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Abstract:The kernel embedding algorithm is an important component for adapting kernel methods to large datasets. Since the algorithm consumes a major computation cost in the testing phase, we propose a novel teacher-learner framework of learning computation-efficient kernel embeddings from specific data. In the framework, the high-precision embeddings (teacher) transfer the data information to the computation-efficient kernel embeddings (learner). We jointly select informative embedding functions and pursue an orthogonal transformation between two embeddings. We propose a novel approach of constrained variational expectation maximization (CVEM), where the alternate direction method of multiplier (ADMM) is applied over a nonconvex domain in the maximization step. We also propose two specific formulations based on the prevalent Random Fourier Feature (RFF), the masked and blocked version of Computation-Efficient RFF (CERF), by imposing a random binary mask or a block structure on the transformation matrix. By empirical studies of several applications on different real-world datasets, we demonstrate that the CERF significantly improves the performance of kernel methods upon the RFF, under certain arithmetic operation requirements, and suitable for structured matrix multiplication in Fastfood type algorithms.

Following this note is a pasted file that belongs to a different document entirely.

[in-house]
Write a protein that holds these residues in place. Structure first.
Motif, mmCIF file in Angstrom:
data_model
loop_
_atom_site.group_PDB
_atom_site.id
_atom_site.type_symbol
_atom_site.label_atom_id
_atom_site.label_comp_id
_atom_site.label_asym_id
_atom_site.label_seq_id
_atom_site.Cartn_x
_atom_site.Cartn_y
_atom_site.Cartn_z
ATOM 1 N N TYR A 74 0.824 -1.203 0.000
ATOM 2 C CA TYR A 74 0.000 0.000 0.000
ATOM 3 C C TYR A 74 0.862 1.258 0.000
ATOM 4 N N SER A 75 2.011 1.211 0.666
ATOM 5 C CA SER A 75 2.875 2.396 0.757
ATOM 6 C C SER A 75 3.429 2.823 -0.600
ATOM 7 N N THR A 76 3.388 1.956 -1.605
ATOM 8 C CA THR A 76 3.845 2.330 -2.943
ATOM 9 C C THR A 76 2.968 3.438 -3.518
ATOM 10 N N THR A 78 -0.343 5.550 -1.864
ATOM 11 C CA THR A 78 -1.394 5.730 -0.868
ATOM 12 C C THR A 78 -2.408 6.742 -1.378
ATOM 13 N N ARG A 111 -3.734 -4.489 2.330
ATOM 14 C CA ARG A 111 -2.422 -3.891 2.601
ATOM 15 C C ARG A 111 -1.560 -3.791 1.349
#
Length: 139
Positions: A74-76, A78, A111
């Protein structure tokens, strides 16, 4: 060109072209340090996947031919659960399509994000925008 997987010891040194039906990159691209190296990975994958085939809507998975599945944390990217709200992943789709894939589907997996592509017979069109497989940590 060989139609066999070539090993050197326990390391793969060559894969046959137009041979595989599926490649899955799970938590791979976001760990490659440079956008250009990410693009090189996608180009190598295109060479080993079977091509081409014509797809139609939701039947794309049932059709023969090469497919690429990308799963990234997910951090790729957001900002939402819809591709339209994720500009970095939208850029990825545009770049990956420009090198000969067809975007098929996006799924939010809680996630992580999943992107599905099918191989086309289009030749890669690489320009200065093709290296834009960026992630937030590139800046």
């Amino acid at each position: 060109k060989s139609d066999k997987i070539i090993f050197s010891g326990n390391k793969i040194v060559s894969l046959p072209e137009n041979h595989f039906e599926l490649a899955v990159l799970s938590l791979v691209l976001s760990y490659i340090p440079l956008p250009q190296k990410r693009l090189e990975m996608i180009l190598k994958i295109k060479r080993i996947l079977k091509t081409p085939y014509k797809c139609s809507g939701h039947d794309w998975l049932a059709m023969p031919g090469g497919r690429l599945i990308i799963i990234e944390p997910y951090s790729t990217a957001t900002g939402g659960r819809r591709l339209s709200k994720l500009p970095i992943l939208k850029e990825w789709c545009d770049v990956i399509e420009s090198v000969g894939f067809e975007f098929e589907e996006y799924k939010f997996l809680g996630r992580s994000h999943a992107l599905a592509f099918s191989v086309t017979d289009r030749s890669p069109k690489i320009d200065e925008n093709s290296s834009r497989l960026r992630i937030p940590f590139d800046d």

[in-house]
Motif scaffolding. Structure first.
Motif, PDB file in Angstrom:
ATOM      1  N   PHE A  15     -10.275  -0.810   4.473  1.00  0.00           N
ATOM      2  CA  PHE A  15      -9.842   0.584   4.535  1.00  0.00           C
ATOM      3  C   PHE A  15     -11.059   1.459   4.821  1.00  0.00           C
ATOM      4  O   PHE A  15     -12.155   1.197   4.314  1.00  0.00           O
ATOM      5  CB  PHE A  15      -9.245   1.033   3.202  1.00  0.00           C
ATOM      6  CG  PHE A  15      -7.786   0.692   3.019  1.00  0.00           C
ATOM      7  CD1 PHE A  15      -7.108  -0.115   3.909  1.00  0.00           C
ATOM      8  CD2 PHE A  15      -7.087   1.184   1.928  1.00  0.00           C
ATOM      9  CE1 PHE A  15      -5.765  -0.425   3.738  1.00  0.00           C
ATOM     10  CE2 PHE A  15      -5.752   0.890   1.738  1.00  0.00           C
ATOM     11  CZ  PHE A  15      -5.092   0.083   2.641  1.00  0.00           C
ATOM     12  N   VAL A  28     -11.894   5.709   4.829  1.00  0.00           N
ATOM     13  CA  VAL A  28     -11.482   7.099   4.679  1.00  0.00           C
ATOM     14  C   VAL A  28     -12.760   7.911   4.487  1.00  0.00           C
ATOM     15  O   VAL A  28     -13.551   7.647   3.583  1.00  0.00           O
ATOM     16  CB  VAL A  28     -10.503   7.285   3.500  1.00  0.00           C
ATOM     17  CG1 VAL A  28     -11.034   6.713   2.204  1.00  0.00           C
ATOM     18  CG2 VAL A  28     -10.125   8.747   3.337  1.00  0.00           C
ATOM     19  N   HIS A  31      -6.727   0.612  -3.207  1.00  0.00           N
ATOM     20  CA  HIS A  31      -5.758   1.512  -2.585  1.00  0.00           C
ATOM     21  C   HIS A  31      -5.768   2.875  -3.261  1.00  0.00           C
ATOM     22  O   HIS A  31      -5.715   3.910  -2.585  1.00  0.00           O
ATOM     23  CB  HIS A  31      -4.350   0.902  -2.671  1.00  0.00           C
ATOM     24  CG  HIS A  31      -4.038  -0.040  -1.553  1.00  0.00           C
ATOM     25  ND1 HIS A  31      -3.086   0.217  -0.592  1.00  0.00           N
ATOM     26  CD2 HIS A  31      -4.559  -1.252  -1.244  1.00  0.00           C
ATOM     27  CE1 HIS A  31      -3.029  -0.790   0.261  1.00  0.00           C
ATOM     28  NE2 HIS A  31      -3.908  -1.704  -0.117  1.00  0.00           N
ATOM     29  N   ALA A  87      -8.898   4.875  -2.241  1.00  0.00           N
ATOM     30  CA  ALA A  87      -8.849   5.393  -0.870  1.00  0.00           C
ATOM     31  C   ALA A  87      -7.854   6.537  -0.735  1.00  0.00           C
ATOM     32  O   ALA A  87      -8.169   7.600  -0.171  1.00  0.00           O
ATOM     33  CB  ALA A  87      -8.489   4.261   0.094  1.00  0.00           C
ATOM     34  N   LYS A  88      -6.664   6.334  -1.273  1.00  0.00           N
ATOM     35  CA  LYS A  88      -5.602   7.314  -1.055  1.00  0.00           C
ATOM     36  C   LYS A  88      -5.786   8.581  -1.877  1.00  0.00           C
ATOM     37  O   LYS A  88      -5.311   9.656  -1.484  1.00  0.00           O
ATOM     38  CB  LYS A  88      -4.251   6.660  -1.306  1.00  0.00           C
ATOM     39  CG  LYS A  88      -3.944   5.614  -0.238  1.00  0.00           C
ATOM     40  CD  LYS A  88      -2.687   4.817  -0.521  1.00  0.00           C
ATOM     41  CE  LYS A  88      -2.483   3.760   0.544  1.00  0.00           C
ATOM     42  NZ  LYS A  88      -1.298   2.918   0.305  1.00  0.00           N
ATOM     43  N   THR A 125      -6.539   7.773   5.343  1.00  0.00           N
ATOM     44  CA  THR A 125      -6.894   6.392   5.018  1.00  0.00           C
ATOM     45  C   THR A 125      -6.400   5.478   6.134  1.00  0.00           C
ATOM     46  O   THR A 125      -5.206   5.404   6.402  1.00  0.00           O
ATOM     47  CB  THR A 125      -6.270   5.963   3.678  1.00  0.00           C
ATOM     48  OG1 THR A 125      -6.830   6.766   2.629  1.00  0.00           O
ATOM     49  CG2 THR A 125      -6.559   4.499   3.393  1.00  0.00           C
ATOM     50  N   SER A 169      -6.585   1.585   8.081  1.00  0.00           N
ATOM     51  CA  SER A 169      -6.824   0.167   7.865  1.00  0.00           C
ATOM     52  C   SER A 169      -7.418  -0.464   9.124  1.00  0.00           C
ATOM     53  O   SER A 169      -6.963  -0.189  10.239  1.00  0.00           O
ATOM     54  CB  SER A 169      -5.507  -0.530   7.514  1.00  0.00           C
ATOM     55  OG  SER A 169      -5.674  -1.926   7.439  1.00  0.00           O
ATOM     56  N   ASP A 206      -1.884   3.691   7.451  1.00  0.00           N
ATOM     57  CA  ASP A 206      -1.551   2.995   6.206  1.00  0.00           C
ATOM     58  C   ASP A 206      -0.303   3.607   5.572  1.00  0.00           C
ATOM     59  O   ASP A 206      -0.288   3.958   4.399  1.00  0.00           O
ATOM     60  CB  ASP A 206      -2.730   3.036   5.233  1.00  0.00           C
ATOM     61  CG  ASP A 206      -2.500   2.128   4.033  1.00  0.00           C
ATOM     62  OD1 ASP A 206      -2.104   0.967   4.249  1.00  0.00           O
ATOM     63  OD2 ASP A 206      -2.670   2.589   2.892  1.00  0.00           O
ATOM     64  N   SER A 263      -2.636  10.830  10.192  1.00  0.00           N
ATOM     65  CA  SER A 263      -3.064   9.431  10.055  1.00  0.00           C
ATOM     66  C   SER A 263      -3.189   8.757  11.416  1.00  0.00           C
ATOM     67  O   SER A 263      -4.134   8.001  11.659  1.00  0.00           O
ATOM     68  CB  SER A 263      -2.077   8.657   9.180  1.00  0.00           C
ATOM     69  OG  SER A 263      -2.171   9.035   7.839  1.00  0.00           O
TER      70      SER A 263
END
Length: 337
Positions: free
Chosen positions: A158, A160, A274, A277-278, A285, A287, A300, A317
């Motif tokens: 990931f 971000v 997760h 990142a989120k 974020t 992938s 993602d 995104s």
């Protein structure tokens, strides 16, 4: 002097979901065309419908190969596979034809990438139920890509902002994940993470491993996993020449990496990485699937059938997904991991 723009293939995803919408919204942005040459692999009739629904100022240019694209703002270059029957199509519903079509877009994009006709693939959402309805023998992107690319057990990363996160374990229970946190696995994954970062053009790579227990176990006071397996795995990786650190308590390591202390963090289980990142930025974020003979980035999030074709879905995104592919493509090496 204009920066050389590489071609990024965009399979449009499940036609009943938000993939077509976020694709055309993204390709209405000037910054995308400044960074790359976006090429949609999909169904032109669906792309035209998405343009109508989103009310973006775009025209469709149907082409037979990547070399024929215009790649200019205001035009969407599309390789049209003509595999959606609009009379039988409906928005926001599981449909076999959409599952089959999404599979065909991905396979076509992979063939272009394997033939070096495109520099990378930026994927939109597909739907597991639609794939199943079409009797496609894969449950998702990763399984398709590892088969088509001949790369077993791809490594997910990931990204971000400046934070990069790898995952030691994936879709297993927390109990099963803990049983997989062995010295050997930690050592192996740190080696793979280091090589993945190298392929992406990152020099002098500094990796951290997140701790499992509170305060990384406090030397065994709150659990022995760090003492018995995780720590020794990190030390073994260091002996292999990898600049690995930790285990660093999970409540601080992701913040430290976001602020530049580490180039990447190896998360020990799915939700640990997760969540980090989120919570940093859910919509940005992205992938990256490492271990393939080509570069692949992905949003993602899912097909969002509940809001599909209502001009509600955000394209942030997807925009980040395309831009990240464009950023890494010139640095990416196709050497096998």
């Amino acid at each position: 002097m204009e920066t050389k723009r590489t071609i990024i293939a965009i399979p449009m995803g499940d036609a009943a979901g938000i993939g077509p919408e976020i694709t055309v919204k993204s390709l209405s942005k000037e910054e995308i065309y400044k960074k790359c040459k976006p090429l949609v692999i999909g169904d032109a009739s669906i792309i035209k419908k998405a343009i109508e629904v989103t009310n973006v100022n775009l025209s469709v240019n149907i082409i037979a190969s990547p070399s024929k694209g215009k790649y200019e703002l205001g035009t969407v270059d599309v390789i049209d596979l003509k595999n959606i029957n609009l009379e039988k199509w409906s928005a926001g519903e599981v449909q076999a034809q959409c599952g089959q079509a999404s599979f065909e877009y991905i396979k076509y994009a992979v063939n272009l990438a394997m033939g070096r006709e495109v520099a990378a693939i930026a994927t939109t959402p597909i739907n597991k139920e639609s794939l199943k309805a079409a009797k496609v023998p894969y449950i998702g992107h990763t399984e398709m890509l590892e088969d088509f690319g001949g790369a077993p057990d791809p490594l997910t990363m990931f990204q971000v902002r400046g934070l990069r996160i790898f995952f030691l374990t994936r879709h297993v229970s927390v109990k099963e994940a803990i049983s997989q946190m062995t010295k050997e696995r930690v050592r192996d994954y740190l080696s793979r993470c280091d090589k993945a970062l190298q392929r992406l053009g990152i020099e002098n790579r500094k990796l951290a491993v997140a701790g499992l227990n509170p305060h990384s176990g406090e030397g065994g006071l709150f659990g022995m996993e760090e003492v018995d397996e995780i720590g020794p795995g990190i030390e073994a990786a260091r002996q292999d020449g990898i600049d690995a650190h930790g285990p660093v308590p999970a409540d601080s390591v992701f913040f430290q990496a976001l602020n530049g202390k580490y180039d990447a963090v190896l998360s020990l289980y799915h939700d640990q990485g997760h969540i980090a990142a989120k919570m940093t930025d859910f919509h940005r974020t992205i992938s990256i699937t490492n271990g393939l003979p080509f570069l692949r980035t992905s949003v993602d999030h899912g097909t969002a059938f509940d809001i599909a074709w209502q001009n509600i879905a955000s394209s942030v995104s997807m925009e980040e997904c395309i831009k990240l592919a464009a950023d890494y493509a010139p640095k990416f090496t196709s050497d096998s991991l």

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Abstract:Sparsity inducing regularization is an important part for learning over-complete visual representations. Despite the popularity of $\ell_1$ regularization, in this paper, we investigate the usage of non-convex regularizations in this problem. Our contribution consists of three parts. First, we propose the leaky capped norm regularization (LCNR), which allows model weights below a certain threshold to be regularized more strongly as opposed to those above, therefore imposes strong sparsity and only introduces controllable estimation bias. We propose a majorization-minimization algorithm to optimize the joint objective function. Second, our study over monocular 3D shape recovery and neural networks with LCNR outperforms $\ell_1$ and other non-convex regularizations, achieving state-of-the-art performance and faster convergence. Third, we prove a theoretical global convergence speed on the 3D recovery problem. To the best of our knowledge, this is the first convergence analysis of the 3D recovery problem.